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Police hold back Iranian protesters at the Saudi Arabian Embassy in Tehran, Iran, on Sunday, during a gathering to blame the Arab country for a deadly stampede on Thursday that killed more than 700 pilgrims.Vahid Salemi/The Associated Press

Saudi Arabia said Tuesday the nearly 1,100 photos distributed to foreign diplomats to help identify nationals who have died in the hajj are from the entire pilgrimage and not just a disaster near Mecca.

Officials in India and Pakistan said a day earlier that Saudi officials gave their diplomats some 1,090 pictures of those killed in last Thursday's disaster in Mina, where two waves of pilgrims converged on a narrow road, causing hundreds of people to suffocate or be trampled to death.

But Saudi Interior Ministry spokesman Maj. Gen. Mansour al-Turki told The Associated Press the pictures also include people who died of natural causes. Many are pilgrims who reside in the kingdom and perform the hajj without the legal permits. Some are labourers from South Asian countries who choose to work in the kingdom in order to perform the hajj.

The list also includes unidentified victims from the 111 people who died when a crane tipped over into Mecca's Grand Mosque on Sept. 11.

The Saudi Health Ministry says the death toll for the incident in Mina on Sept. 24 remains 769 people, with another 934 injured in the crush of pilgrims who were performing one of the final rites of the hajj. It was the worst disaster to strike the annual pilgrimage in a quarter-century.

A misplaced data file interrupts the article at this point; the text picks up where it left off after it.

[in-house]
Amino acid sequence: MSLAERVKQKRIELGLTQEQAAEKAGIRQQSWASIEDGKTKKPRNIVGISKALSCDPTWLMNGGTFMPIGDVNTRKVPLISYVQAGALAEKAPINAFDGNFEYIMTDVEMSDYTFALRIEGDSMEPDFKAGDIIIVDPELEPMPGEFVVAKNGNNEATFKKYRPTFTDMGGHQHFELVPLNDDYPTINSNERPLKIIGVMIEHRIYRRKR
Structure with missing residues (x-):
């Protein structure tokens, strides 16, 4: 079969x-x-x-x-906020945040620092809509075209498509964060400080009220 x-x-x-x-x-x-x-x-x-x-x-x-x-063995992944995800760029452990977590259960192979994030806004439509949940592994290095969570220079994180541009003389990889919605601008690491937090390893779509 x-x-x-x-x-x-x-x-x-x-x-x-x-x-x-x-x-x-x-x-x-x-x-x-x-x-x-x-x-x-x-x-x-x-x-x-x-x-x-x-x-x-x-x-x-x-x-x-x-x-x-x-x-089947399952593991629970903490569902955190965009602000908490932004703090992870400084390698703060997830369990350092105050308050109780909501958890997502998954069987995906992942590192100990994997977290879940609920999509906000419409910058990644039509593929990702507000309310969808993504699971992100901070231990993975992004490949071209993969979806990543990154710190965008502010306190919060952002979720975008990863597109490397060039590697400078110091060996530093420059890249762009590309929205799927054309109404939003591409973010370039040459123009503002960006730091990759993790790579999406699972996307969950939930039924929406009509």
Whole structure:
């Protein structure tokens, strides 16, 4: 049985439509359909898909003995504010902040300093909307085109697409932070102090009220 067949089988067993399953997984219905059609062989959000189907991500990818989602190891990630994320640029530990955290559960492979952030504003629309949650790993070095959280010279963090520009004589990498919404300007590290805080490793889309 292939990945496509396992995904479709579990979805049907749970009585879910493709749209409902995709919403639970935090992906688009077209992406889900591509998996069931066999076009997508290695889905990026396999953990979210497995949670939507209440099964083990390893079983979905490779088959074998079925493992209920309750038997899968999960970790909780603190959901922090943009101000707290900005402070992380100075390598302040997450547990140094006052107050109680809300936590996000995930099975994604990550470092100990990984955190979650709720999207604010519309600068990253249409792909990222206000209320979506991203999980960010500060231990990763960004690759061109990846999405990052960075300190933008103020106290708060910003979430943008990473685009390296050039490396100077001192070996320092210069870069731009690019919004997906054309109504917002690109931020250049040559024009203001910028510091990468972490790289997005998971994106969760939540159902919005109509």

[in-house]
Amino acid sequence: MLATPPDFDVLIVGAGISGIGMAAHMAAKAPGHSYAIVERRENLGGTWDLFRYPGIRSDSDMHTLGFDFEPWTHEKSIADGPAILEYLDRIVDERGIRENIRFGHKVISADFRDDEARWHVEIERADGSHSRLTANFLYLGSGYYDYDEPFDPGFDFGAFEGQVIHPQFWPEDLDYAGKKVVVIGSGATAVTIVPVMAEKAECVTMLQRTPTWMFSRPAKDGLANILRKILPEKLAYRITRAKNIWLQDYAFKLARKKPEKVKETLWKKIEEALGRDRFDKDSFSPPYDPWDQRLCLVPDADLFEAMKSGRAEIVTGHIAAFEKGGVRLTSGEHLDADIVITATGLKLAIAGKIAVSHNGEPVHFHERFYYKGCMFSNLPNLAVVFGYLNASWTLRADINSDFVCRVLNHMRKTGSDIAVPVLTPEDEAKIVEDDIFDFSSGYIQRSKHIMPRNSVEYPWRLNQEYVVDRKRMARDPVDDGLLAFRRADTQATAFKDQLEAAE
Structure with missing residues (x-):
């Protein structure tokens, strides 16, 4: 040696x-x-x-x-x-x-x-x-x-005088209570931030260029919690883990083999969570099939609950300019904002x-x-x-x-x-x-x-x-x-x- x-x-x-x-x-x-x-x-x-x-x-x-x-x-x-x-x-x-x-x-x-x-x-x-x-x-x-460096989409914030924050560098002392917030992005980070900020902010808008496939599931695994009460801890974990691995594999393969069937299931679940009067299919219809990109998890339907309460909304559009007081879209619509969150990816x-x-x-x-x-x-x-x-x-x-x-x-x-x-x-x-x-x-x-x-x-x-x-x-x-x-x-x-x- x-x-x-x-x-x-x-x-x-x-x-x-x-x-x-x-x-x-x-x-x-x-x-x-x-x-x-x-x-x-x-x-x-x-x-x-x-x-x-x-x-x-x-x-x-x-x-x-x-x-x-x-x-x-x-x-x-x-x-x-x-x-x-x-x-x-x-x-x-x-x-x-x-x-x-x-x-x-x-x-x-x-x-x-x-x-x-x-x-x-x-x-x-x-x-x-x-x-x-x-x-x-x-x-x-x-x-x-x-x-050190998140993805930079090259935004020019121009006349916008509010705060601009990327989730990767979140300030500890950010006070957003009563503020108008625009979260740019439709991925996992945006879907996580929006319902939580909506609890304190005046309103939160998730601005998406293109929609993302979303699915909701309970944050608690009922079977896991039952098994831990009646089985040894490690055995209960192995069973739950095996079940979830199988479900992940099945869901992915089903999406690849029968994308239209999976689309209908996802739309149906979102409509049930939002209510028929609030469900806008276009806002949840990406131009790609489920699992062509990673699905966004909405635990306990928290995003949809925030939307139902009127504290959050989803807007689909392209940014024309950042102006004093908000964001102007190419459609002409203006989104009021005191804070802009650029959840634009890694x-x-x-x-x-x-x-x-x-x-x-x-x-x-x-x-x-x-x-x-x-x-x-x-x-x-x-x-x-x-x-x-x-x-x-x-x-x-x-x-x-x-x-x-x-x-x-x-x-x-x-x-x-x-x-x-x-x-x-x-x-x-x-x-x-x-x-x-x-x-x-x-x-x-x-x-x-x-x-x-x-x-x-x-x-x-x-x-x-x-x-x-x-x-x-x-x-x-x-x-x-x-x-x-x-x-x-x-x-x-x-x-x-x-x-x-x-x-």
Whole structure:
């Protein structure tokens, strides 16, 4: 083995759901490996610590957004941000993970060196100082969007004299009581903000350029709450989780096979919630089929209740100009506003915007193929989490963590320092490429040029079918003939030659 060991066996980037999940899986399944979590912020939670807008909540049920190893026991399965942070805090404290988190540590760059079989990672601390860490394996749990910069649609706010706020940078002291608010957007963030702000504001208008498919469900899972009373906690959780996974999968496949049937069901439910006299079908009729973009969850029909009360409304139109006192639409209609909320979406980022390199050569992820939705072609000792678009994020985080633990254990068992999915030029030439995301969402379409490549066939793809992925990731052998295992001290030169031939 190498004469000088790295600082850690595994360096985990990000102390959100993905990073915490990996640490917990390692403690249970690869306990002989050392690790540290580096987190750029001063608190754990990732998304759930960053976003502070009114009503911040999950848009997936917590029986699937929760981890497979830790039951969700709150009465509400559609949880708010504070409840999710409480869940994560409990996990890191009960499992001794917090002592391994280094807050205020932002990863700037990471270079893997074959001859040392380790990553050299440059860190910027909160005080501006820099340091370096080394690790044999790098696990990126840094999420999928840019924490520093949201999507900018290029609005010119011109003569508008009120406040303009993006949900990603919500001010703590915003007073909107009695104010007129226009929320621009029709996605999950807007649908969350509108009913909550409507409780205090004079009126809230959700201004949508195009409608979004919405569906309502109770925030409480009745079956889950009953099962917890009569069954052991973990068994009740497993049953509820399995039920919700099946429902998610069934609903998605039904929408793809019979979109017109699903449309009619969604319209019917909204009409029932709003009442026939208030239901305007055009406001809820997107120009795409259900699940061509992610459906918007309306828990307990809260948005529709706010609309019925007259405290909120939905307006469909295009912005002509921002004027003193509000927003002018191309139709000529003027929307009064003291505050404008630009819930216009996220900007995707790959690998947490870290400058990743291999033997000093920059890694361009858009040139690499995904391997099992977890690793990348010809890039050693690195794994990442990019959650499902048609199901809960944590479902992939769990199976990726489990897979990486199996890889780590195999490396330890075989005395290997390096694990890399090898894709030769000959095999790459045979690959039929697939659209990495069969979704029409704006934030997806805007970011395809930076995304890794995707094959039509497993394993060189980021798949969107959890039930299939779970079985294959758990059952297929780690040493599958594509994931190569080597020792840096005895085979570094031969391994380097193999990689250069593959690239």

Faisal Alzahrani, the Health Ministry's general director of communications, told the AP on Tuesday that this figure remained accurate. Alzahrani said civil defence authorities would be responsible for announcing any new death toll, though most recently they relied on Health Ministry statistics. Civil defence officials could not be immediately reached.

Indonesia, which sends the largest contingent of pilgrims annually to the hajj, on Tuesday criticized Saudi Arabia's slow response to incident in Mina, saying its diplomats only received full access to the dead and injured on Monday night, four days after the disaster.

That access included seeing forensic records like fingerprints, said Lalu Muhammad Iqbal, an official in Indonesia's Foreign Ministry. Those fingerprints may prove critical as many of the disaster's victims lost their ID bracelets in the crush, he said.

Iqbal said 46 Indonesian pilgrims died, while 10 were injured and 90 remain missing.

Lukman Hakim Saifuddin, Indonesia's religious affairs minister, said in a statement Monday that Indonesians did not have free access to hospitals to search for those injured.

"The Saudi Arabian government has its own regulation, tradition, culture and procedures in dealing with such cases," Saifuddin said from Mecca. "This has not allowed us enough freedom in our effort to identify" the victims.

Indonesia is the world's most populous Muslim country.